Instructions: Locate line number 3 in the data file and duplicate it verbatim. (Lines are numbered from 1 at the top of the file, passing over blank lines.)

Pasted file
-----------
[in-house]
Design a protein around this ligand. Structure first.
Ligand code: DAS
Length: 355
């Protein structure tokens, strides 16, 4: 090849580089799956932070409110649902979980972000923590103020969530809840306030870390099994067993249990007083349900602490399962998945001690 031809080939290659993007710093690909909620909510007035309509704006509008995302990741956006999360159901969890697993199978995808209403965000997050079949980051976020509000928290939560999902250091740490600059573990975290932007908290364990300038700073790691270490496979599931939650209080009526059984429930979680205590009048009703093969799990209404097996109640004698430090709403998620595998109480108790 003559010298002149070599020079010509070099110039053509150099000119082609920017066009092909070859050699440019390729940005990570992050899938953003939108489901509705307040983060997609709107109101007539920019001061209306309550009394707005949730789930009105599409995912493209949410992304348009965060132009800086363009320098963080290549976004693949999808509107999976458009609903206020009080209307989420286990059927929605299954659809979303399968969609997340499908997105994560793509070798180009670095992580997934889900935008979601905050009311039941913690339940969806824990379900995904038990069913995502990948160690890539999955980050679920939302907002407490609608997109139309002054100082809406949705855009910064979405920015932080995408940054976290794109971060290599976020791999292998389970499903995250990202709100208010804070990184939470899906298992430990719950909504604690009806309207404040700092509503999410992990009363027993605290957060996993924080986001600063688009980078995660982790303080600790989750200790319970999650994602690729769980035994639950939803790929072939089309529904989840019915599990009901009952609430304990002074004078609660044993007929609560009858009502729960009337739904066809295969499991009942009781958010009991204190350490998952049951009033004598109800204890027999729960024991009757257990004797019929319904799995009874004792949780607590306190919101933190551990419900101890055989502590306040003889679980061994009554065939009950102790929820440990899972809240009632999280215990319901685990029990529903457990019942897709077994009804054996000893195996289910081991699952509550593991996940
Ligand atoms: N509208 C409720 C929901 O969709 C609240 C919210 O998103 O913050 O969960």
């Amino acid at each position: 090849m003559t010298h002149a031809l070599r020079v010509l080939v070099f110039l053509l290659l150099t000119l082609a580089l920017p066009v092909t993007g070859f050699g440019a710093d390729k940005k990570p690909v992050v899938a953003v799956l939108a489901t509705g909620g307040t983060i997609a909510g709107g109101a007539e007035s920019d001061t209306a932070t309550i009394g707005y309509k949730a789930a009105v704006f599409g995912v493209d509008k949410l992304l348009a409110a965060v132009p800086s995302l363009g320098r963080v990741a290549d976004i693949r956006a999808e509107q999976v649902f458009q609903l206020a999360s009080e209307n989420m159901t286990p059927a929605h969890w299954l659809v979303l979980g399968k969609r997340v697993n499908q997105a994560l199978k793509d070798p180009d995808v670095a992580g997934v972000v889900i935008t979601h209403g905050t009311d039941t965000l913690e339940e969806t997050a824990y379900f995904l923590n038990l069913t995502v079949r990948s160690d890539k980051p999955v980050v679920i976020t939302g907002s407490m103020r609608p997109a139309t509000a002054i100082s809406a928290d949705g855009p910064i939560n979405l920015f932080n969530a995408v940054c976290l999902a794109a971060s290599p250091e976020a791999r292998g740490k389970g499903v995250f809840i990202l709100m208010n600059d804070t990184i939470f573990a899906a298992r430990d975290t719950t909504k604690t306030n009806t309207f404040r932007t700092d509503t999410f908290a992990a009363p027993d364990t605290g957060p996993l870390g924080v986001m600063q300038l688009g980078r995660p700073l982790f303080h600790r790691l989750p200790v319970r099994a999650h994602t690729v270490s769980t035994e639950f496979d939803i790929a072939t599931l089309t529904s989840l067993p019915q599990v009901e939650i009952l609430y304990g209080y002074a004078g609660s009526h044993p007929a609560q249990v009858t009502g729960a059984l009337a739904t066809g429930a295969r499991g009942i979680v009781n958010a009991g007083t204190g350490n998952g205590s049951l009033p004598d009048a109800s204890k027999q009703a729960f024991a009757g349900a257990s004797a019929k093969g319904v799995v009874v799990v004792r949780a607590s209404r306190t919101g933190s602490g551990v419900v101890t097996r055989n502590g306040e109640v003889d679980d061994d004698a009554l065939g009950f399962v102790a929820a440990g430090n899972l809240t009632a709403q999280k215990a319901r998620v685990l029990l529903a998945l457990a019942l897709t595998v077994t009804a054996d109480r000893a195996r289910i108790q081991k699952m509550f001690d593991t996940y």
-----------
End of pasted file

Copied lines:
Ligand code: DAS